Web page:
Skip to main content

A Murder is Announced

King's Theatre, Edinburgh
Three stars

Newspaper advertising may be down these days, but without it, Agatha Christie's thriller as brought to life in Middle Ground Theatre Company's production couldn't exist. The small ad in question appears in the local rag that serves the sleepy English hamlet of Chipping Cleghorn, where a Friday night murder mystery is promised in Little Paddocks, the country pile occupied by sixty-something village matriarch, Letitia Blacklock.

With the house brim-full with former school chums, extended family members and an east European refugee servant, it's all a bit of a wheeze until the Swiss assassin himself comes a cropper. Enter Miss Marple, who, as played by Judy Cornwell, is happy to sit knitting in the background as she nudges Tom Butcher's Inspector Craddock towards solving what turns out to be a case of international intrigue.

Despite confining the action to one room rather than the more scenic locales of Christie's original 1950 novel, Leslie Darbon's stage adaptation never quite evokes the dog eat dog claustrophobia of an And Then There Were None or a Huis Clois (and Christie at her vicious best is as existentially profound as Jean-Paul Sartre, any old day). First seen in 1977, Darbon's version also ditches some of Christie's more explicit portrayals of human cruelty, while Michael Lunney's production plays things partially for laughs. The latter approach benefits Lydia Piechowiak's portrayal of servant Mitzi hugely.

But beyond such fun and games, there are some pretty serious things being said about identity, and how the damage of life during wartime and its subsequent fallout can make it easier for opportunists to try on a new one to hopefully make a killing.

The Herald, February 3rd 2016
 
ends

Comments

Popular posts from this blog

Clybourne Park

Adam Smith Theatre, Kirkcaldy Four Stars
It’s a case of whoops, there goes the neighbourhood twice over in Rapture Theatre’s revival of Bruce Norris’ Pulitzer Prize-winning play, which opens in 1959 in the same Chicago suburb where Lorraine Hansberry’s drama, A Raisin in the Sun, which appeared that year, is set. Here, Robin Kingsland’s Russ and his wife Bev, played by Jackie Morrison, are preparing to move out of their now almost empty des-res following a family tragedy.
Unknown to them, the bargain basement price tag has enabled a black family to move in, with Jack Lord’s uptight Karl a self-appointed spokesperson for the entire ‘hood. Russ and Bev’s black maid Francine (Adelaide Obeng) and her husband Albert (Vinta Morgan), meanwhile, bear witness to a barrage of everyday racism. Fast forward half a century, and a white family are trying to buy the same house, albeit with a heap of proposed changes which the black couple representing the block’s now much more diverse community aren’t…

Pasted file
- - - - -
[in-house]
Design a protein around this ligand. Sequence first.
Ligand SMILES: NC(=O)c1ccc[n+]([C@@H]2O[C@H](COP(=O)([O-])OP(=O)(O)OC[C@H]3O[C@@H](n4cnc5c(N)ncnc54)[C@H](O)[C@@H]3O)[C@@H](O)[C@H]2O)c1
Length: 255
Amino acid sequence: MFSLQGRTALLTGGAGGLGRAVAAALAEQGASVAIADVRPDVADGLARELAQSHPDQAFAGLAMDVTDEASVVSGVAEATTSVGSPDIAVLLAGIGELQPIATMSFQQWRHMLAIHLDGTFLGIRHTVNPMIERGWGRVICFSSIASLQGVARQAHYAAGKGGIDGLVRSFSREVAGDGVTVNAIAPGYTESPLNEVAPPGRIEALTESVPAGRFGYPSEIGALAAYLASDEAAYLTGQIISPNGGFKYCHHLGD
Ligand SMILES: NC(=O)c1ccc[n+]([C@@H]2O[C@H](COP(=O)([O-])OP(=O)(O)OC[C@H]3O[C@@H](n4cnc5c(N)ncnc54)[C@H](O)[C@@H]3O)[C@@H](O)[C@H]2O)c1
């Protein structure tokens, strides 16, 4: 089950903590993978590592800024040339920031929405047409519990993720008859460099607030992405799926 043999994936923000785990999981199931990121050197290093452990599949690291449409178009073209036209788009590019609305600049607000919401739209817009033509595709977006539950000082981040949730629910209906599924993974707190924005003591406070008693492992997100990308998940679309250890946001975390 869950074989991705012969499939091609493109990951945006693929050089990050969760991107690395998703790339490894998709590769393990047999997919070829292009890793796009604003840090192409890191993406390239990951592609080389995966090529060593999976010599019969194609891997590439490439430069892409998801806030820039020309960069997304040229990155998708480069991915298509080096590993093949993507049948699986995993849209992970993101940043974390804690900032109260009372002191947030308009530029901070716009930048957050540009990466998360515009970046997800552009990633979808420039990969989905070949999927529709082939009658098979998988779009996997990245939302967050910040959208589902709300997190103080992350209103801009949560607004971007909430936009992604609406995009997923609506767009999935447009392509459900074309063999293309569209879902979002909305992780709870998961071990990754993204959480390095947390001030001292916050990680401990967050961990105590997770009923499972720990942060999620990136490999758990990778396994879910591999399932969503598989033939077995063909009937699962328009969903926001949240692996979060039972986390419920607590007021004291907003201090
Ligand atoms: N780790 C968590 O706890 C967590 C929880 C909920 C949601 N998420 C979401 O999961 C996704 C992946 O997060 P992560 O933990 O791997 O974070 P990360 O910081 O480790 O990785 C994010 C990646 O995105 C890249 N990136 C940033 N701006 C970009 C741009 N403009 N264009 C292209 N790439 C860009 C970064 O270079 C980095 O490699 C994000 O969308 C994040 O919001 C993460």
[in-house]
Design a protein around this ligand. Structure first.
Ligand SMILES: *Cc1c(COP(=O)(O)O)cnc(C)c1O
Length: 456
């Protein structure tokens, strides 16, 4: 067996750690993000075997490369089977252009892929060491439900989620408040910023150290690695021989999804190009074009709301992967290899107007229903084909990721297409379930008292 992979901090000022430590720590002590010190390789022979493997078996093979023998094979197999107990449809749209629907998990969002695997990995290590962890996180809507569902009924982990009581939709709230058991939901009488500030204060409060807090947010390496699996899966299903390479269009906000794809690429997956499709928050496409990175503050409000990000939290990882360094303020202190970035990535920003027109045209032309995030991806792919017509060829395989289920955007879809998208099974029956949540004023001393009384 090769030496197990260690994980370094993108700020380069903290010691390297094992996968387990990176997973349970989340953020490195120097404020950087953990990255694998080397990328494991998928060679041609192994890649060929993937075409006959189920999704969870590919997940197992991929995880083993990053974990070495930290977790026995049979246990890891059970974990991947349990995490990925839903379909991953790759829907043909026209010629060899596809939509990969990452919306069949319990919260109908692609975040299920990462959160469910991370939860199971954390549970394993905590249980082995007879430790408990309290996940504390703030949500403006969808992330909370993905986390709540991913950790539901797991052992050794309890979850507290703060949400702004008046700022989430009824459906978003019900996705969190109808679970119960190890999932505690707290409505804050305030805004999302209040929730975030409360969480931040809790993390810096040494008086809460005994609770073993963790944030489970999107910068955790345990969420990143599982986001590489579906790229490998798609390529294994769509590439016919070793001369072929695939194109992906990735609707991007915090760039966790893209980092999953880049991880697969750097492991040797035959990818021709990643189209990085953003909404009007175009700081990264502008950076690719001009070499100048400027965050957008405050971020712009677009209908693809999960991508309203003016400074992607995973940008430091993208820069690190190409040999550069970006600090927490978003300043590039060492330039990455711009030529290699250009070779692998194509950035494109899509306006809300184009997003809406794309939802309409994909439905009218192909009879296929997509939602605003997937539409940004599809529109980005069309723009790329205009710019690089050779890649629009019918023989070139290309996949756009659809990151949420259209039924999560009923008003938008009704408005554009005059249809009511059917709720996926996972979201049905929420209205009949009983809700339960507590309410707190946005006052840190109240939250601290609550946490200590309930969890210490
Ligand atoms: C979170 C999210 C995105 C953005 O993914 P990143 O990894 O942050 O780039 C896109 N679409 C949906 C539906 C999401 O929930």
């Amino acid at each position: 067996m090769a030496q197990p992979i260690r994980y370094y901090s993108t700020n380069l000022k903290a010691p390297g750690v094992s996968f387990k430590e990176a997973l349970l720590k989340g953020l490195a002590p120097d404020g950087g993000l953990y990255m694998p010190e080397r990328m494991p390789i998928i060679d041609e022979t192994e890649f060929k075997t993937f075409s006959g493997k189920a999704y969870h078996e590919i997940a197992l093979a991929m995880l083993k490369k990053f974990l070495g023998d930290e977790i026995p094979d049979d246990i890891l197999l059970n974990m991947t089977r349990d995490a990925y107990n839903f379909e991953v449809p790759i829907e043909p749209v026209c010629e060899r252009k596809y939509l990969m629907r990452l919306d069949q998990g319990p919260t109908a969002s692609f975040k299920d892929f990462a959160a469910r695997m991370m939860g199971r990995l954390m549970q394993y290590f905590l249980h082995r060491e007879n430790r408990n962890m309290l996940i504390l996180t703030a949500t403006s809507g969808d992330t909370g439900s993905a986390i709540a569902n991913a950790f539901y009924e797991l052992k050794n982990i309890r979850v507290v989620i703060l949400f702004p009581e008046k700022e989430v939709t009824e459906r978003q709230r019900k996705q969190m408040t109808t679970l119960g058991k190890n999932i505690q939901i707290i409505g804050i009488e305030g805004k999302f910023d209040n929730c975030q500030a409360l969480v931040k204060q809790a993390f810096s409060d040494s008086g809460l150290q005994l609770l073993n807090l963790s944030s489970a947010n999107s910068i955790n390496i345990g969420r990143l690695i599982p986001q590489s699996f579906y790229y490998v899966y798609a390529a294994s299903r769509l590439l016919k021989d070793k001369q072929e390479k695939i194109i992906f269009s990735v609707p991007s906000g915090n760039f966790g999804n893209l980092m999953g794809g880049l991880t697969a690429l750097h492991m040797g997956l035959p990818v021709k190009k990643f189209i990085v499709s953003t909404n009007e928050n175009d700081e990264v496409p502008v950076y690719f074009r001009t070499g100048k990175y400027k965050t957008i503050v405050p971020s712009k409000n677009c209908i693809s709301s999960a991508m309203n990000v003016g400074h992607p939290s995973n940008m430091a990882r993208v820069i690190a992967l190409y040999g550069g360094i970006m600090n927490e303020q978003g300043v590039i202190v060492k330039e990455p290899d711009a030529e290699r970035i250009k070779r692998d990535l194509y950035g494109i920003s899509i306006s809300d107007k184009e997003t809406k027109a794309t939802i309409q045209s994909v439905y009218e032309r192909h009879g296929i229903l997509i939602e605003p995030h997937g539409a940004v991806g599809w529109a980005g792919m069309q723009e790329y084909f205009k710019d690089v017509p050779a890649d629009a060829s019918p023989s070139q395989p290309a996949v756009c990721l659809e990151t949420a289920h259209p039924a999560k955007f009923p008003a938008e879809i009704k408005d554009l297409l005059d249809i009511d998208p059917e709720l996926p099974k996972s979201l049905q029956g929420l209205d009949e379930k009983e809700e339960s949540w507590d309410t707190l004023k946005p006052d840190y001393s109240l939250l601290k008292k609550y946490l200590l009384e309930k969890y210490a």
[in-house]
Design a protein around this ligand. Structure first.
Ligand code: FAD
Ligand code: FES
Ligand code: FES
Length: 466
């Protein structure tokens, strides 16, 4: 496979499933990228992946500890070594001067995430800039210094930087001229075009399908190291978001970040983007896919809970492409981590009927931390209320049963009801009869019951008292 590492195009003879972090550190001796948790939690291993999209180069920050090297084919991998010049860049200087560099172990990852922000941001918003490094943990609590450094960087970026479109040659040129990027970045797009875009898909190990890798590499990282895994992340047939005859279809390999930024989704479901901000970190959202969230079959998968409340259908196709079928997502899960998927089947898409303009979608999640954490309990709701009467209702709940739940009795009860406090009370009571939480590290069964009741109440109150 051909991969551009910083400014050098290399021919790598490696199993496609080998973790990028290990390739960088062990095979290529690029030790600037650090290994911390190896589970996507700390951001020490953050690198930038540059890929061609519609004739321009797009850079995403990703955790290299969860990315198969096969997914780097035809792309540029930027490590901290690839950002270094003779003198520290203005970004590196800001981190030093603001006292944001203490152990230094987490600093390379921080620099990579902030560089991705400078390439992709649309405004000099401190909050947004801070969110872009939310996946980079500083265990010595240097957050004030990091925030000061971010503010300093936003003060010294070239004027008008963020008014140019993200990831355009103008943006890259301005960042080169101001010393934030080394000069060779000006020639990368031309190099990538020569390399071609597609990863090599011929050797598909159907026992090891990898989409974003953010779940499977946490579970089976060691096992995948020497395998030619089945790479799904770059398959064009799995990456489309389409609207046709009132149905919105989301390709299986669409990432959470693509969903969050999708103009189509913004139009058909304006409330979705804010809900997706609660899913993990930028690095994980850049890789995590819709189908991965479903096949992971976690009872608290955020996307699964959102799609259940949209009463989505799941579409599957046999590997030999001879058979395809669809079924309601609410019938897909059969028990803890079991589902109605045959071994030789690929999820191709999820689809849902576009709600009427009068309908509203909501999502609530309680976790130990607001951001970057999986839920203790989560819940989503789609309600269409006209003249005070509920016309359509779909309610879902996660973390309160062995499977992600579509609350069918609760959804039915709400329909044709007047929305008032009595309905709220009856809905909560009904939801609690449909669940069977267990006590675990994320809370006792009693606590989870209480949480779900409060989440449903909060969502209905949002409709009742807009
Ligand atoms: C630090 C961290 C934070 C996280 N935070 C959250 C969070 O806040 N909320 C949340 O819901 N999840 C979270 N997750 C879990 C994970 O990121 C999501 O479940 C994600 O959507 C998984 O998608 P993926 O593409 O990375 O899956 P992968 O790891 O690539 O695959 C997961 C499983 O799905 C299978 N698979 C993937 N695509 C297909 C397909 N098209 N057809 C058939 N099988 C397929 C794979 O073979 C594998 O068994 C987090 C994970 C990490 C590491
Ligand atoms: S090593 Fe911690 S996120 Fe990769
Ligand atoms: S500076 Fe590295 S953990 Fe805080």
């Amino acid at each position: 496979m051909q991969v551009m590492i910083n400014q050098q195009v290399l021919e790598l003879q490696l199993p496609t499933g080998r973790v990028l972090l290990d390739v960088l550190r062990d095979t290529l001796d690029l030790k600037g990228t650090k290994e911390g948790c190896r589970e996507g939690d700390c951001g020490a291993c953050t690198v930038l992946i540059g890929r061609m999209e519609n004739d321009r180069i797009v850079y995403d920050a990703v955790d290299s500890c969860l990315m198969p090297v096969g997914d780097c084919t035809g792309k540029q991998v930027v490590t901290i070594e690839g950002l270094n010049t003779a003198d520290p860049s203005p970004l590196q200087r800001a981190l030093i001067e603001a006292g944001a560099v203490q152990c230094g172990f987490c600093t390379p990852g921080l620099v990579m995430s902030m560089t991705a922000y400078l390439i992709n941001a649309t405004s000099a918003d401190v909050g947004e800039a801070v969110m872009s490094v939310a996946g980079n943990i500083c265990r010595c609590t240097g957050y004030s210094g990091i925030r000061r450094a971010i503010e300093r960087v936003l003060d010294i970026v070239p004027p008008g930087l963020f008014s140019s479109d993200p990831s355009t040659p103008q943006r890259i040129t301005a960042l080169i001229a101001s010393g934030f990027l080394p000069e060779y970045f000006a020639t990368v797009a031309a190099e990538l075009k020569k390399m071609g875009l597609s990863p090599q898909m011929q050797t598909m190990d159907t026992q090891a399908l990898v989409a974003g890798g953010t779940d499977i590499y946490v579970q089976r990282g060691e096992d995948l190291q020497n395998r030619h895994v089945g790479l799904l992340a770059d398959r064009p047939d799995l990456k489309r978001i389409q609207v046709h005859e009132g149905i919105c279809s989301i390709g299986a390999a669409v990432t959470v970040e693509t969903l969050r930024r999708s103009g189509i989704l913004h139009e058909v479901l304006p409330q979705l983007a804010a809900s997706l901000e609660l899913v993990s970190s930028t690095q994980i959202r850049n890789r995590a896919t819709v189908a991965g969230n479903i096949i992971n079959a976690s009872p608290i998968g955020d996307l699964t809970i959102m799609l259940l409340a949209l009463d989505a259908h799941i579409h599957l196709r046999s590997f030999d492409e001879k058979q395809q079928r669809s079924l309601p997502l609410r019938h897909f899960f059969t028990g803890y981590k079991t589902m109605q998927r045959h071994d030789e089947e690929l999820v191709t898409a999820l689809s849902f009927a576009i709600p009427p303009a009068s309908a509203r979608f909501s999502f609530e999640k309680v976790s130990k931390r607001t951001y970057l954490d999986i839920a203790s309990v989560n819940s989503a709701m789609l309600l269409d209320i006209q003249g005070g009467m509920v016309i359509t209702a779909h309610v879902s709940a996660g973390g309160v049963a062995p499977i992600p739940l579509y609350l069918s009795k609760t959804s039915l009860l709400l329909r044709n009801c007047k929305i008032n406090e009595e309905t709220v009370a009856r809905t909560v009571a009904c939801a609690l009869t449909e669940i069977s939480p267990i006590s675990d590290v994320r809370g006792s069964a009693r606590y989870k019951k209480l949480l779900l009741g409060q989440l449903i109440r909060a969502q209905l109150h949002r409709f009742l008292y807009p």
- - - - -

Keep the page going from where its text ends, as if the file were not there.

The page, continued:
Michael Rother - Sterntaler at 40

"There's so much to do," says an uncharacteristically flustered Michael Rother. The normally unflappably beatific German guitarist, composer and former member of Neu! and Harmonia, who also had a stint in a nascent Kraftwerk, is packing for live dates in Russia and the UK, including this weekend's show at the Queen Margaret Union in Glasgow.
"It has always been my choice to take care of these things myself and not have a manager," he says. "Somehow for me the independent aspect of doing things is really important, but it has its disadvantages."
As well as playing selections from Neu! and Harmonia, the trio he formed with Dieter Moebius and Hans Joachim Roedelius of Cluster, Rother's Glasgow date will see him play a fortieth anniversary rendering of his second solo album, Sterntaler, in full. Rother will be accompanied by guitarist Franz Bargmann and drummer Hans Lampe, the latter of whose musical involvement with Rother dates back to Neu! days, …

Kieran Hurley – Mouthpiece

Things have changed since Kieran Hurley first began writing the play that would become Mouthpiece, which opens at the Traverse Theatre in Edinburgh this weekend. At the time, Hurley was, in his own words, “quite new on the scene.” As a writer and performer, he had already scored hits with Beats and Chalk Farm, two pieces that put him on the map with a new generation of theatre-makers steeped in an equally new wave of grassroots opposition that drew from the iconography of revolutions past. Where Beats looked at the politicisation of 1990s club culture, Chalk Farm, co-written with AJ Taudevin, focused on a teenage boy caught up in the 2011 London riots.
More plays followed. Some, like Heads Up used the same solo story-telling aesthetic to look at an everyday apocalypse. More recently, Square Go, written with Gary McNair, dissected toxic masculinity through a school playground fight.
All the while as Hurley developed as a writer, from new kid on the block to established provocateur, this…